Instead of providing a keypad on the device, the telephone dialling keypad may be used to enter the user's PIN into the device. This involves the risk of the tones being overheard. However, it also allows the PIN to be checked by the remote service, which can, if required, take action if it detects more than a predetermined number of attempts to enter a wrong PIN.

Instead of using a keypad, the device could incorporate a biometric sensor, for example a fingerprint reading device. The biometric data together with data securely stored on the smart card (and/or data stored in the remote service), would be used to authenticate that the card was in the possession of its rightful owner, and would thus eliminate the need for entry of the user's PIN. A related possibility would be to use voice-recognition technology, either via the microphone on the device, or over the telephone line.

In another possible modification, the device may contain only one audio transducer, which is used for both transmitting and receiving. This would require one or more further LEDs, to indicate whether the device is to be held against the earpiece or mouthpiece of the telephone.

Other forms of audio transducer may be used. For example, instead of using a microphone transducer, an induction device may be used to pick up electrical signals directly from the telephone handset. This option may not be suitable for some types of telephone.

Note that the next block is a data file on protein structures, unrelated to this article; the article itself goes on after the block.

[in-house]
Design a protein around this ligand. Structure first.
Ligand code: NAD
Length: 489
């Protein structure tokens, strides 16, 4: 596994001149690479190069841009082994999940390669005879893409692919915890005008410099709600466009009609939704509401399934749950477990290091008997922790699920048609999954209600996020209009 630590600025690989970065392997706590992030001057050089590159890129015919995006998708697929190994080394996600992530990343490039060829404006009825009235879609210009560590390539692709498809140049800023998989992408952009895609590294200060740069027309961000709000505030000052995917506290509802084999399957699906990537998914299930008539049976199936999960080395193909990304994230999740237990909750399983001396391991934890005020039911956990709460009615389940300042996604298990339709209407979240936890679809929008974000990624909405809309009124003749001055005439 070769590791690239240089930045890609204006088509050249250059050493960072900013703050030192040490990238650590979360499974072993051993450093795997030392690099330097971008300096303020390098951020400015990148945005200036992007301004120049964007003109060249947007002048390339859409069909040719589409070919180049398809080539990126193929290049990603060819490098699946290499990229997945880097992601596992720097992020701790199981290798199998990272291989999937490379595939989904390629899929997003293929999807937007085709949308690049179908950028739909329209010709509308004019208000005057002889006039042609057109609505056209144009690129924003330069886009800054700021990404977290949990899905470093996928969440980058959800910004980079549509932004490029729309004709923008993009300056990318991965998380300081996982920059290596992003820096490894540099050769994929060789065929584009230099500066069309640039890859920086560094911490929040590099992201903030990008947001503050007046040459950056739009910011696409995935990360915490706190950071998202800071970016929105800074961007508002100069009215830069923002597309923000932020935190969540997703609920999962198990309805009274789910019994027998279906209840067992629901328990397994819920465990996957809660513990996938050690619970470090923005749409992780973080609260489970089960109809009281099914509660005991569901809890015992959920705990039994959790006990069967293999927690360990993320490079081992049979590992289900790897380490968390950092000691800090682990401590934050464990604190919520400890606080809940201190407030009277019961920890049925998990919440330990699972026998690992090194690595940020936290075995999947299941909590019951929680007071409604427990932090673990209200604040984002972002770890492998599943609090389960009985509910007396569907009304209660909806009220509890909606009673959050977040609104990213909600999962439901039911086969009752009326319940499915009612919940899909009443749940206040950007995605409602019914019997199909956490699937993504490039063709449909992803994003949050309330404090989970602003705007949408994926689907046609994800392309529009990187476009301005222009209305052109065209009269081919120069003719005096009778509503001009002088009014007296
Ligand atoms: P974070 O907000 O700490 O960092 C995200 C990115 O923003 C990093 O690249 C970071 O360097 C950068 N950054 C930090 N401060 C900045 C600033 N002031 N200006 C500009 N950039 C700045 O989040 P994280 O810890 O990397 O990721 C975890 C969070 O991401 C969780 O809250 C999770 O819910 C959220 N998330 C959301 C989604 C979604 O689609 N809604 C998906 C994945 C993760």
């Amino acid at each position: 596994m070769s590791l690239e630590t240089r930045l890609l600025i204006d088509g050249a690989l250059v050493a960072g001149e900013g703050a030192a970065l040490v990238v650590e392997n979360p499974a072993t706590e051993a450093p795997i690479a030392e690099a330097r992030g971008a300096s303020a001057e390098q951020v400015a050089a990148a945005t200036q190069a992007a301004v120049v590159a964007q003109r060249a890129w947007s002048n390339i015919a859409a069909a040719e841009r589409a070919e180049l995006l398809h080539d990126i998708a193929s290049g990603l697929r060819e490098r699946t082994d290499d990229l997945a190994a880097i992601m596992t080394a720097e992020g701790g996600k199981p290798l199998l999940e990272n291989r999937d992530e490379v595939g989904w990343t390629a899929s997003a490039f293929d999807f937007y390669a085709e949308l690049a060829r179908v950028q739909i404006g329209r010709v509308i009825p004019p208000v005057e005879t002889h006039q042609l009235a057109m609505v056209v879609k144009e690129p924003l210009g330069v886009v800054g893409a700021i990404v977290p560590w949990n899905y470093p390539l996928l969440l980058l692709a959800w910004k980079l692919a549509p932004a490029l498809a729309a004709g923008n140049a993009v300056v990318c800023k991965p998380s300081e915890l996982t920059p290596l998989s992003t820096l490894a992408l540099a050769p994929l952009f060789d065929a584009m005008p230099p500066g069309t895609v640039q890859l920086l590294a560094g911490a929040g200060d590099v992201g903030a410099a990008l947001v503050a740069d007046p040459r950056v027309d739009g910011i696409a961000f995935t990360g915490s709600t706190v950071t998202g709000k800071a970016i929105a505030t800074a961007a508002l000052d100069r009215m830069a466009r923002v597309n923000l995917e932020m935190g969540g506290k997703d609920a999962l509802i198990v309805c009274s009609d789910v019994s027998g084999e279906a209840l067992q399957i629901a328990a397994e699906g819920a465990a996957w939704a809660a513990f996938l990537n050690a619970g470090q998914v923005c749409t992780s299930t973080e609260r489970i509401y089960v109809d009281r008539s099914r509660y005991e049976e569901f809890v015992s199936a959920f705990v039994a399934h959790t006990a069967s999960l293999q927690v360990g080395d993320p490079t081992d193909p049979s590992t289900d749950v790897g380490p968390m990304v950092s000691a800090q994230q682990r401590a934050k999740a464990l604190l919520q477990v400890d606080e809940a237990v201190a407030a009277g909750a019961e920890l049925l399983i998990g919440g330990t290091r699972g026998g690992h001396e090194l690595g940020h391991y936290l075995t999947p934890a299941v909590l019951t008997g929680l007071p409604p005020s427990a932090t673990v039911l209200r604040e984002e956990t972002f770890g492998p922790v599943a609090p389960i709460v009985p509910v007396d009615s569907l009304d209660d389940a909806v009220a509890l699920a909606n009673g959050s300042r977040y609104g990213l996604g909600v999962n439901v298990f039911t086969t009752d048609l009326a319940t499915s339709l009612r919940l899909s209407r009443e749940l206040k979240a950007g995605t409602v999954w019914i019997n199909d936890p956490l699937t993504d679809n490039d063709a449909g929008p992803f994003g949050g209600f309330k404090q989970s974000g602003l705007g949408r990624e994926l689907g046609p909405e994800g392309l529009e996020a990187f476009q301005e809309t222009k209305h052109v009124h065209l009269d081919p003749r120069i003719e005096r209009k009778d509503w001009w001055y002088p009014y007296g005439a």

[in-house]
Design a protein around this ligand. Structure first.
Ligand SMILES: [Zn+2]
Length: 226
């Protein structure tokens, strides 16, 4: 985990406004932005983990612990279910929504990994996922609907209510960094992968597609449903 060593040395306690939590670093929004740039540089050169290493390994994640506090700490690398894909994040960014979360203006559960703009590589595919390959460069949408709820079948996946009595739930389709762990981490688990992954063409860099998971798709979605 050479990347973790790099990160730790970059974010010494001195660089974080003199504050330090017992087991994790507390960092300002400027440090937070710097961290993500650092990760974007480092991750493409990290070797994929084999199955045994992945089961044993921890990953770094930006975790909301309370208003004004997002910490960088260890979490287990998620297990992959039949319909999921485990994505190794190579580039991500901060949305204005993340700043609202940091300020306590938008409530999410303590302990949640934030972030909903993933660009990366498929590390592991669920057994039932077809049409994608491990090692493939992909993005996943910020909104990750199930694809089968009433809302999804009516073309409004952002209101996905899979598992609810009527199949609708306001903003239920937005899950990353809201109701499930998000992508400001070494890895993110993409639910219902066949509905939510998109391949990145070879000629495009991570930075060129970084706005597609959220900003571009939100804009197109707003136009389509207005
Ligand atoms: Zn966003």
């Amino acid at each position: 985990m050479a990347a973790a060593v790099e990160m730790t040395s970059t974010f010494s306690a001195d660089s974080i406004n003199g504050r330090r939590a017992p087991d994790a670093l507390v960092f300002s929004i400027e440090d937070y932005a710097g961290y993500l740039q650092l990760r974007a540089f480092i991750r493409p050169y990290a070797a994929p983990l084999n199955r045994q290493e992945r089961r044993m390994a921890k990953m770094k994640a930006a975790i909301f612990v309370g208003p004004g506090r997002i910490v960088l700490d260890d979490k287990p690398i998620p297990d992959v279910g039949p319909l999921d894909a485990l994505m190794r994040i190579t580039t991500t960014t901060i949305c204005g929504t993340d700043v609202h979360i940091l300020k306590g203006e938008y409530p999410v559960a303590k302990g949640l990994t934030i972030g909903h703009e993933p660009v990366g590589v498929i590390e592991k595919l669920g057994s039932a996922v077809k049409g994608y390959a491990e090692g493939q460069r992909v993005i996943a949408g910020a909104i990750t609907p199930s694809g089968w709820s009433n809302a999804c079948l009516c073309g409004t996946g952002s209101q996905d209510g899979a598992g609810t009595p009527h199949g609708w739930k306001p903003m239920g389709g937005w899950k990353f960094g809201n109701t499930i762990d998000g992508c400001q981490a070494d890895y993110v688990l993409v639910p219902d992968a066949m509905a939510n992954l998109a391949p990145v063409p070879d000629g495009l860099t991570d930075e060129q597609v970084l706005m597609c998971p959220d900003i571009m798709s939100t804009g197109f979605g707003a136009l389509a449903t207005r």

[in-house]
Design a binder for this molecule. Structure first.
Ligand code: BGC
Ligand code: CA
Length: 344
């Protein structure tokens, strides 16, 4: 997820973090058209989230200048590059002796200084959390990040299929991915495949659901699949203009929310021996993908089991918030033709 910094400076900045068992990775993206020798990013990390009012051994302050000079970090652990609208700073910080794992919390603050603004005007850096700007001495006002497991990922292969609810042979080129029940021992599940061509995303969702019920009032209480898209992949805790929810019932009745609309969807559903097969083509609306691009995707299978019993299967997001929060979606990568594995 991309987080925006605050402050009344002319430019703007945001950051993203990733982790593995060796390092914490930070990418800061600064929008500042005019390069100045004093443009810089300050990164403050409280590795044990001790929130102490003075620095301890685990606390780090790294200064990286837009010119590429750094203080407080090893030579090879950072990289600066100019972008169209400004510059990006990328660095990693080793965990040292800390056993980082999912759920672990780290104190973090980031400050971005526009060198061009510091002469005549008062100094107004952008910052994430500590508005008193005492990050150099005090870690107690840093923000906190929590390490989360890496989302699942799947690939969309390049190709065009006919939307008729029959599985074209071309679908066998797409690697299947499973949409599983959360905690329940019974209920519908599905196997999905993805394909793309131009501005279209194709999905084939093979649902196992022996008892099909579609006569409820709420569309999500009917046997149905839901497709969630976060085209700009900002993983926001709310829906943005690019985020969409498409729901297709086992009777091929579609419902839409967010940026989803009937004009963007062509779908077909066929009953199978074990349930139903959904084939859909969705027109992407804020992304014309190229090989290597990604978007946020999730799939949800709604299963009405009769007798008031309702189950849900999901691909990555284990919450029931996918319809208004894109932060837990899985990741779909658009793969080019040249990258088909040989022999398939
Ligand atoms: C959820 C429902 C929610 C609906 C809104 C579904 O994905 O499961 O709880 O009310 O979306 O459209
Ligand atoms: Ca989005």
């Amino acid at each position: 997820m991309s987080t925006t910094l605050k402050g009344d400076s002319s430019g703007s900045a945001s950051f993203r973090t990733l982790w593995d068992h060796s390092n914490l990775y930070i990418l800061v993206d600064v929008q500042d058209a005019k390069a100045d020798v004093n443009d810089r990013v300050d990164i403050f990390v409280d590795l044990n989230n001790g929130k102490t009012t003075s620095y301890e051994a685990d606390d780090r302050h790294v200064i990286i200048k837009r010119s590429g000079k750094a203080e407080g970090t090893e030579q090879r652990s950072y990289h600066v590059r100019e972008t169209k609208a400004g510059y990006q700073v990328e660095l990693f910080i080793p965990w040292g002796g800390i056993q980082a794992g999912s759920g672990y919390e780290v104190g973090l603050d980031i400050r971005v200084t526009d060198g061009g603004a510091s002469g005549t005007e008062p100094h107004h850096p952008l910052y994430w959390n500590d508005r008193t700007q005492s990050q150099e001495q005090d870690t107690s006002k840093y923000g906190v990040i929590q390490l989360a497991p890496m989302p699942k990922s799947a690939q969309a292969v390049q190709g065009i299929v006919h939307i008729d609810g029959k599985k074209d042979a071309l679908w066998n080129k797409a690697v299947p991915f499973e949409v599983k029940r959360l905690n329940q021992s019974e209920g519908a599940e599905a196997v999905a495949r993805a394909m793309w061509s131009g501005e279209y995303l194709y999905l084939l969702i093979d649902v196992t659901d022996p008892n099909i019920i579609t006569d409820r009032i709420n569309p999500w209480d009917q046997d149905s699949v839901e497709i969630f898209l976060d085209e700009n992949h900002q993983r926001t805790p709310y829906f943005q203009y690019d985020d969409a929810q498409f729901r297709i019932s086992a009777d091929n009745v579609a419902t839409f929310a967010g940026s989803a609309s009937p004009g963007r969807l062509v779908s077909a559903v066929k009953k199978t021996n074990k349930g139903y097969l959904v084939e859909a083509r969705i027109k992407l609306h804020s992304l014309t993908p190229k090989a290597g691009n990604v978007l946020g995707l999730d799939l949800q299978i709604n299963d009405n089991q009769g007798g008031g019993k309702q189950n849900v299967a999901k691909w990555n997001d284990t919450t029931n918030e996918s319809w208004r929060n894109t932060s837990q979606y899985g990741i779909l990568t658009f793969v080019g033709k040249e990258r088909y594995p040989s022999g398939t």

Instead of having just one LED, the device may include a plurality of LEDs. For example, one LED may be used to indicate that the device is ready, and a second LED to indicate that the device can be removed from the telephone. Another possibility would be to use a single, multi-colour LED, although this might cause problems for colour-blind people.

Instead of a contact-connected smart card, a contactless smart card could be used. This would significantly improve the reliability of the device by eliminating the possibility of dirty contacts.

In the embodiment described above, the device comprises two parts. However, it will be appreciated that other configurations are possible. For example, as shown in FIG. 5, the device may comprise a main body 11 with two flaps 12, 13, connected to the main body by hinges 14, 15, and with audio transducers 16, 17 mounted in the flaps.

In the described embodiment, the remote service and the device exchange tone signals in order to establish a link with each other, before the remote service sends a challenge. Alternatively, if the signal standards were pre-defined (e.g. bit rate, modulation type etc.) it would be possible for the remote service just to send the challenge repeatedly, until it receives a response.